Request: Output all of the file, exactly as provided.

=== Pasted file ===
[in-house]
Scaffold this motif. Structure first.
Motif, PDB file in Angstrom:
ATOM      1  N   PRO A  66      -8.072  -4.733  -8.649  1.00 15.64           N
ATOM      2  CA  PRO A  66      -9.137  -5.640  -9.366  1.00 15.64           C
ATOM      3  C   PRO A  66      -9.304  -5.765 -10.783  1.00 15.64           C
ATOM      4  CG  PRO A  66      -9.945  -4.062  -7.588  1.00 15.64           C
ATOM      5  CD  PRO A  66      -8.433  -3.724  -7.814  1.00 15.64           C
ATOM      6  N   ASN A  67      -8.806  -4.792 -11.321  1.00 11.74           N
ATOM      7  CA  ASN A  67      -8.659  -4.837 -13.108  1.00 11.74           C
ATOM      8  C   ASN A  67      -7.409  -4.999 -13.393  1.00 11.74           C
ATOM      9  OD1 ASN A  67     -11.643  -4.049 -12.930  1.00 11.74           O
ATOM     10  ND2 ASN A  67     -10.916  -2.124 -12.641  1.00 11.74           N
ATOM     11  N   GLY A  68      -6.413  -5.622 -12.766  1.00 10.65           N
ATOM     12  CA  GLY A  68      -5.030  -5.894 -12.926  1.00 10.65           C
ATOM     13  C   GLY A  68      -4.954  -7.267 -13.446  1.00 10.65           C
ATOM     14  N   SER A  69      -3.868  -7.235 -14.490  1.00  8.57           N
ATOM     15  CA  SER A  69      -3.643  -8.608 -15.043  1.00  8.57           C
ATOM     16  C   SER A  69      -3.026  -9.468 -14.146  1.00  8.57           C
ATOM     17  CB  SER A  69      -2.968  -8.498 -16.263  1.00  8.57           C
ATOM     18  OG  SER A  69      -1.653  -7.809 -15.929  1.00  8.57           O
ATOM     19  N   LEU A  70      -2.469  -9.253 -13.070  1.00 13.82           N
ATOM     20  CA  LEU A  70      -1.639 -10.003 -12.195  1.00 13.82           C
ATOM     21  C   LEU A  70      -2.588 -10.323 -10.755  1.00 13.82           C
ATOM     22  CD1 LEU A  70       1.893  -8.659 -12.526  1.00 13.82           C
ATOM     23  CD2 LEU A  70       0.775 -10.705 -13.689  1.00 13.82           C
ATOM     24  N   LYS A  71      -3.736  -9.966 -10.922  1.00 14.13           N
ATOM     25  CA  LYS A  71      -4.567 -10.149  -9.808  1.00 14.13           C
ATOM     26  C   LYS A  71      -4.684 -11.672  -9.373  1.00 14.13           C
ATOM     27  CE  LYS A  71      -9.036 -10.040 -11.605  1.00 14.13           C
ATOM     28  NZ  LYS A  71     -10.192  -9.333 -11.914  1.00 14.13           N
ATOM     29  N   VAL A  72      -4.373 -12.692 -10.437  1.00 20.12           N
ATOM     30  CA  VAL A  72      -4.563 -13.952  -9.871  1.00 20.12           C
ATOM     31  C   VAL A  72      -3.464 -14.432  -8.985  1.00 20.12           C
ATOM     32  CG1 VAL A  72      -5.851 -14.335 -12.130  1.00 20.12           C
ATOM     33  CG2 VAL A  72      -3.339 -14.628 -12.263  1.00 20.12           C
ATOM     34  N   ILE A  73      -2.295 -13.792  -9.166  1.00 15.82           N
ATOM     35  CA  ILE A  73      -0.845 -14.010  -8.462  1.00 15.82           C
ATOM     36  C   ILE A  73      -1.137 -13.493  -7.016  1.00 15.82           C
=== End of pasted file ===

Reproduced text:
[in-house]
Scaffold this motif. Structure first.
Motif, PDB file in Angstrom:
ATOM      1  N   PRO A  66      -8.072  -4.733  -8.649  1.00 15.64           N
ATOM      2  CA  PRO A  66      -9.137  -5.640  -9.366  1.00 15.64           C
ATOM      3  C   PRO A  66      -9.304  -5.765 -10.783  1.00 15.64           C
ATOM      4  CG  PRO A  66      -9.945  -4.062  -7.588  1.00 15.64           C
ATOM      5  CD  PRO A  66      -8.433  -3.724  -7.814  1.00 15.64           C
ATOM      6  N   ASN A  67      -8.806  -4.792 -11.321  1.00 11.74           N
ATOM      7  CA  ASN A  67      -8.659  -4.837 -13.108  1.00 11.74           C
ATOM      8  C   ASN A  67      -7.409  -4.999 -13.393  1.00 11.74           C
ATOM      9  OD1 ASN A  67     -11.643  -4.049 -12.930  1.00 11.74           O
ATOM     10  ND2 ASN A  67     -10.916  -2.124 -12.641  1.00 11.74           N
ATOM     11  N   GLY A  68      -6.413  -5.622 -12.766  1.00 10.65           N
ATOM     12  CA  GLY A  68      -5.030  -5.894 -12.926  1.00 10.65           C
ATOM     13  C   GLY A  68      -4.954  -7.267 -13.446  1.00 10.65           C
ATOM     14  N   SER A  69      -3.868  -7.235 -14.490  1.00  8.57           N
ATOM     15  CA  SER A  69      -3.643  -8.608 -15.043  1.00  8.57           C
ATOM     16  C   SER A  69      -3.026  -9.468 -14.146  1.00  8.57           C
ATOM     17  CB  SER A  69      -2.968  -8.498 -16.263  1.00  8.57           C
ATOM     18  OG  SER A  69      -1.653  -7.809 -15.929  1.00  8.57           O
ATOM     19  N   LEU A  70      -2.469  -9.253 -13.070  1.00 13.82           N
ATOM     20  CA  LEU A  70      -1.639 -10.003 -12.195  1.00 13.82           C
ATOM     21  C   LEU A  70      -2.588 -10.323 -10.755  1.00 13.82           C
ATOM     22  CD1 LEU A  70       1.893  -8.659 -12.526  1.00 13.82           C
ATOM     23  CD2 LEU A  70       0.775 -10.705 -13.689  1.00 13.82           C
ATOM     24  N   LYS A  71      -3.736  -9.966 -10.922  1.00 14.13           N
ATOM     25  CA  LYS A  71      -4.567 -10.149  -9.808  1.00 14.13           C
ATOM     26  C   LYS A  71      -4.684 -11.672  -9.373  1.00 14.13           C
ATOM     27  CE  LYS A  71      -9.036 -10.040 -11.605  1.00 14.13           C
ATOM     28  NZ  LYS A  71     -10.192  -9.333 -11.914  1.00 14.13           N
ATOM     29  N   VAL A  72      -4.373 -12.692 -10.437  1.00 20.12           N
ATOM     30  CA  VAL A  72      -4.563 -13.952  -9.871  1.00 20.12           C
ATOM     31  C   VAL A  72      -3.464 -14.432  -8.985  1.00 20.12           C
ATOM     32  CG1 VAL A  72      -5.851 -14.335 -12.130  1.00 20.12           C
ATOM     33  CG2 VAL A  72      -3.339 -14.628 -12.263  1.00 20.12           C
ATOM     34  N   ILE A  73      -2.295 -13.792  -9.166  1.00 15.82           N
ATOM     35  CA  ILE A  73      -0.845 -14.010  -8.462  1.00 15.82           C
ATOM     36  C   ILE A  73      -1.137 -13.493  -7.016  1.00 15.82           C